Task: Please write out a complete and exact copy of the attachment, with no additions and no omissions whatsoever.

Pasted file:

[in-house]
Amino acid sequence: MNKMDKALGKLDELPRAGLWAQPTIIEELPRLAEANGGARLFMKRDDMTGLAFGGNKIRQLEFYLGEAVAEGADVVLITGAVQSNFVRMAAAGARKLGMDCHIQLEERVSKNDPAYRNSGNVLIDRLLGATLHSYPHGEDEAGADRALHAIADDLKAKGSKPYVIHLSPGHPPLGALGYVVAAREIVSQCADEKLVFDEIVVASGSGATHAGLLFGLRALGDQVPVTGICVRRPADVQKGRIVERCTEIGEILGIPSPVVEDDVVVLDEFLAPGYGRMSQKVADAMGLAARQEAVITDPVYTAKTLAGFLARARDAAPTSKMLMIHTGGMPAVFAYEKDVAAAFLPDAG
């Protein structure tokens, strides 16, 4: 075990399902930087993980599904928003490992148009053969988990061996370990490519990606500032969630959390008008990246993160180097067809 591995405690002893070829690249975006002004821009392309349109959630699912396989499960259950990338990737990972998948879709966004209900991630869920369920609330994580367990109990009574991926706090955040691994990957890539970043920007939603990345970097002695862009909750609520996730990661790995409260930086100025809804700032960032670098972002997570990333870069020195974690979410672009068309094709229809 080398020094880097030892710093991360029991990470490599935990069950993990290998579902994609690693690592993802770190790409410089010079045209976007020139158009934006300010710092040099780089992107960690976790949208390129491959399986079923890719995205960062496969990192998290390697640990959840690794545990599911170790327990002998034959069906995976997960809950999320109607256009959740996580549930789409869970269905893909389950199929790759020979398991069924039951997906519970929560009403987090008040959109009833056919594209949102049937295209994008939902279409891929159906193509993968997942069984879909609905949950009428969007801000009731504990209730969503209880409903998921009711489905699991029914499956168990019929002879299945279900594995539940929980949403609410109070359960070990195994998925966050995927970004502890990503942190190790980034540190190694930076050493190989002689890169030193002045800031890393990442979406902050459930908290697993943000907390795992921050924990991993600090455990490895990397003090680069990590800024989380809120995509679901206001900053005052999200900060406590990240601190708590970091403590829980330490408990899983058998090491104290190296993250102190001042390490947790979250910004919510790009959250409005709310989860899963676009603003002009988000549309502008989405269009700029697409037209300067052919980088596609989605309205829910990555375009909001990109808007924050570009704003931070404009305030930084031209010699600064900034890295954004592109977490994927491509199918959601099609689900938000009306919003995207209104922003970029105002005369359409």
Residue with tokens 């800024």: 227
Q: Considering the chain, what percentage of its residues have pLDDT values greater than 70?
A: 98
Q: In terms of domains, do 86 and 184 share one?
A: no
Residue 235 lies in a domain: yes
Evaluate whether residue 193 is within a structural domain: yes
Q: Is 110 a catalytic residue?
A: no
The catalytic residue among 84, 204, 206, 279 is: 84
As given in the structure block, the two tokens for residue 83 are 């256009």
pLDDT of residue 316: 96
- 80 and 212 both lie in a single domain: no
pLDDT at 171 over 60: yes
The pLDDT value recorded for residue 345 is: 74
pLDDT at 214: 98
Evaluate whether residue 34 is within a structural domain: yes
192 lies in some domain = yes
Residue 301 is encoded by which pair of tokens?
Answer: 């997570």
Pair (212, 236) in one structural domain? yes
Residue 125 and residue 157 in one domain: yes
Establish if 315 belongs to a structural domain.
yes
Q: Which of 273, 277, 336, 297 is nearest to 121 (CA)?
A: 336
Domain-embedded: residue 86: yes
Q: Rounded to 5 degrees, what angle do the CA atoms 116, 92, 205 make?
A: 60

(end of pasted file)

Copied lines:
[in-house]
Amino acid sequence: MNKMDKALGKLDELPRAGLWAQPTIIEELPRLAEANGGARLFMKRDDMTGLAFGGNKIRQLEFYLGEAVAEGADVVLITGAVQSNFVRMAAAGARKLGMDCHIQLEERVSKNDPAYRNSGNVLIDRLLGATLHSYPHGEDEAGADRALHAIADDLKAKGSKPYVIHLSPGHPPLGALGYVVAAREIVSQCADEKLVFDEIVVASGSGATHAGLLFGLRALGDQVPVTGICVRRPADVQKGRIVERCTEIGEILGIPSPVVEDDVVVLDEFLAPGYGRMSQKVADAMGLAARQEAVITDPVYTAKTLAGFLARARDAAPTSKMLMIHTGGMPAVFAYEKDVAAAFLPDAG
């Protein structure tokens, strides 16, 4: 075990399902930087993980599904928003490992148009053969988990061996370990490519990606500032969630959390008008990246993160180097067809 591995405690002893070829690249975006002004821009392309349109959630699912396989499960259950990338990737990972998948879709966004209900991630869920369920609330994580367990109990009574991926706090955040691994990957890539970043920007939603990345970097002695862009909750609520996730990661790995409260930086100025809804700032960032670098972002997570990333870069020195974690979410672009068309094709229809 080398020094880097030892710093991360029991990470490599935990069950993990290998579902994609690693690592993802770190790409410089010079045209976007020139158009934006300010710092040099780089992107960690976790949208390129491959399986079923890719995205960062496969990192998290390697640990959840690794545990599911170790327990002998034959069906995976997960809950999320109607256009959740996580549930789409869970269905893909389950199929790759020979398991069924039951997906519970929560009403987090008040959109009833056919594209949102049937295209994008939902279409891929159906193509993968997942069984879909609905949950009428969007801000009731504990209730969503209880409903998921009711489905699991029914499956168990019929002879299945279900594995539940929980949403609410109070359960070990195994998925966050995927970004502890990503942190190790980034540190190694930076050493190989002689890169030193002045800031890393990442979406902050459930908290697993943000907390795992921050924990991993600090455990490895990397003090680069990590800024989380809120995509679901206001900053005052999200900060406590990240601190708590970091403590829980330490408990899983058998090491104290190296993250102190001042390490947790979250910004919510790009959250409005709310989860899963676009603003002009988000549309502008989405269009700029697409037209300067052919980088596609989605309205829910990555375009909001990109808007924050570009704003931070404009305030930084031209010699600064900034890295954004592109977490994927491509199918959601099609689900938000009306919003995207209104922003970029105002005369359409």
Residue with tokens 């800024």: 227
Q: Considering the chain, what percentage of its residues have pLDDT values greater than 70?
A: 98
Q: In terms of domains, do 86 and 184 share one?
A: no
Residue 235 lies in a domain: yes
Evaluate whether residue 193 is within a structural domain: yes
Q: Is 110 a catalytic residue?
A: no
The catalytic residue among 84, 204, 206, 279 is: 84
As given in the structure block, the two tokens for residue 83 are 């256009």
pLDDT of residue 316: 96
- 80 and 212 both lie in a single domain: no
pLDDT at 171 over 60: yes
The pLDDT value recorded for residue 345 is: 74
pLDDT at 214: 98
Evaluate whether residue 34 is within a structural domain: yes
192 lies in some domain = yes
Residue 301 is encoded by which pair of tokens?
Answer: 């997570």
Pair (212, 236) in one structural domain? yes
Residue 125 and residue 157 in one domain: yes
Establish if 315 belongs to a structural domain.
yes
Q: Which of 273, 277, 336, 297 is nearest to 121 (CA)?
A: 336
Domain-embedded: residue 86: yes
Q: Rounded to 5 degrees, what angle do the CA atoms 116, 92, 205 make?
A: 60